Back in June, Oren Cass testified before the U.S. House Committee on the Budget on the costs of climate change. His testimony drew on the economics of climate change peer-reviewed research, in order to show (among other points) that humans do not face a climate crisis. Scenarios featuring harmful climate change, even in the standard models used by the UN and Obama EPA, are only projected to unfold over many decades. The alarmist camp either downplays or completely ignores the fact that humans will grow richer and adapt to whatever changes lie in store. The “consensus” projections still foresee humans in 2100 being much richer than we are today, with climate change policies merely influencing how much richer.

A Rising Tide Lifts All Boats

To illustrate how the public has been misled, Cass discusses the November 2018 release of the U.S. Global Change Research Program’s Fourth National Climate Assessment, or what is commonly called the NCA. The New York Times headline proclaimed, “U.S. Climate Report Warns of Damaged Environment and Shrinking Economy.”

Yet as Cass points out, no, that’s not what the NCA warned of. Rather than a shrinking economy, the NCA warned that climate change would mean a more slowly growing economy. Specifically, the NCA report suggests that America by the year 2100 would be 4.0x richer without climate change, but “only” 3.9x richer with climate change. Cass also illustrates the situation in terms of growth:

Per EPA (and notwithstanding the New York Times), the economy will still be growing. Assuming even a modest 1.5% annual growth rate, the damage from climate change represents two years of growth. In other words, a climate-change-afflicted America might not achieve until 2102 the level of economic prosperity that a climate-change-free America might achieve by 2100. [Bold added.]

When you think of the costs of climate change in these terms, it seems far less dramatic, doesn’t it?

Senator Markey Abuses the Science

Cass then illustrates a version of “the telephone game” in which a claim morphs upon each retelling. In this case, an outlier data point in one of the charts in the NCA showed a potential 10% loss of GDP from climate change, under extreme warming of 8°C of warming. This led a New York Times story to run the subheadline: “Reduction of Up to 10 Percent of GDP.”

Yet that takeaway is very misleading, because the NCA’s own analysis doesn’t contemplate such extreme warming. (After all, I could draw a chart showing 100% GDP loss in a scenario where the earth warms by 50 degrees Celsius and everybody immediately dies. It would be very misleading to say, “Murphy just showed the loss from climate change could be as high as 100%.”) As Cass explains in his testimony, the NCA actually projected much more modest warming:

But that level of warming [needed to reach the 10% GDP loss—rpm] is not contemplated by the NCA. In its “Higher Scenario,” the NCA estimates warming by century’s end of only 2.4–4.7°C, which would correspond in its damage chart to roughly 1–4% of GDP. This did not stop Senator Ed. Markey (D-MA) from announcing via Twitter that “According to the Trump admin’s National Climate Assessment, with no action, climate change will result in 10% GDP loss by 2090,” and that “A #GreenNewDeal addresses this climate reality.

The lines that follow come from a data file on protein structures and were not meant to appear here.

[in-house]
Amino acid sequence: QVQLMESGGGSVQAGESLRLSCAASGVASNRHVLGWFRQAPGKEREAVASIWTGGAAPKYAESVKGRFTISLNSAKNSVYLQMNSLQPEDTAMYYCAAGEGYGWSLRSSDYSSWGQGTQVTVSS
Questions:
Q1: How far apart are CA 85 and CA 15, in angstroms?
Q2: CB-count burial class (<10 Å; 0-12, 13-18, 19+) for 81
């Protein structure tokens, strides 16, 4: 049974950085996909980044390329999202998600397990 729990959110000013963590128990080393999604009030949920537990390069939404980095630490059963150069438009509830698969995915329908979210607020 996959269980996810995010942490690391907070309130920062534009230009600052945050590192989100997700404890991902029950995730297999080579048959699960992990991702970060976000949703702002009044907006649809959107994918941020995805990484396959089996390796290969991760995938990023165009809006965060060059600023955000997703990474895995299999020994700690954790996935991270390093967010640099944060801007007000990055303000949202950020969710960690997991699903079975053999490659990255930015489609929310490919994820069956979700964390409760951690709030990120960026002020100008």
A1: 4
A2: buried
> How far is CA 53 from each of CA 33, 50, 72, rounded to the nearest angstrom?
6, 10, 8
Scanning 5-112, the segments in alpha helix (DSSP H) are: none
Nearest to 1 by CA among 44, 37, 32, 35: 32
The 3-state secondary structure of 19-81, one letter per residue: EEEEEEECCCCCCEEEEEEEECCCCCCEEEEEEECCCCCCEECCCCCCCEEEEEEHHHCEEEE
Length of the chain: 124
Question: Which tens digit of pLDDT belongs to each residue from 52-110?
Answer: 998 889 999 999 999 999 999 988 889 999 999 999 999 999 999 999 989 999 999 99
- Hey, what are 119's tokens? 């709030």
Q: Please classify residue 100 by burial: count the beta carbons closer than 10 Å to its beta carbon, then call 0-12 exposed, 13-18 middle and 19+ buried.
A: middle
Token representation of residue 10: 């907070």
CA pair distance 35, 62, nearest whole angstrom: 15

As this episode illustrates, what often happens in the climate change debate is that a particular claim from the literature is stripped of context and trumpeted to the public, leading them to believe that the situation is far more dire than it actually is.


We’ve seen that the National Climate Assessment (NCA) projected tolerable damages from climate change, especially when viewed in the context of impacts that will only occur over the course of many decades as the economy continues to grow.

Yet even the modest estimated costs are unrealistically high. As Cass notes, the in the fine print underneath one of the NCA’s graphics, it explains that “results assume limited or no adaptation.”

But of course, humans will adapt to a changing climate, and this will minimize its possible harm. Farmers will switch what crops they plant, people will adopt more air conditioning, and so on.

I hasten to add that hoping adaptation can cushion the blow isn’t some sci-fi pipe dream. As I explained in a previous post (which itself summarized analysis from Cass), some of the most pessimistic forecasts of the dangers of climate change contain absurd results. For example, they project that if a northern city like Philadelphia becomes as warm as a southern city like Houston, then it will have a far higher rate of heat-related fatalities in the year 2100 than Houston does right now. This is clearly nonsense, and the problem is that the study in question looked at the spike in heat-related deaths in Philadelphia during unusually hot summers, and then extrapolated. But of course, in reality if Philadelphia became permanently hotter—and ended up like Houston—then its residents would adopt more air conditioning just like the people in Houston do. Furthermore, people living in a warmer climate are better able to tolerate high temperatures; this is (partly) why the heat-related death rate in Houston right now isn’t as large as we would expect if we had only looked at Philadelphia mortality data.


In his recent testimony before the House Budget Committee, Oren Cass took pains to emphasize that he wasn’t “denying” the underlying climate science, but instead was showing how it had been distorted when converted into claims about economic impacts and the proper government policy responses. Since the forecasted climate change is projected to happen over many decades, one of the most robust “policy responses” is to make sure the market economy is left with the freedom to adapt. A steadily growing economy is one of the best ways humans can cope with climate change and thereby contain its costs.

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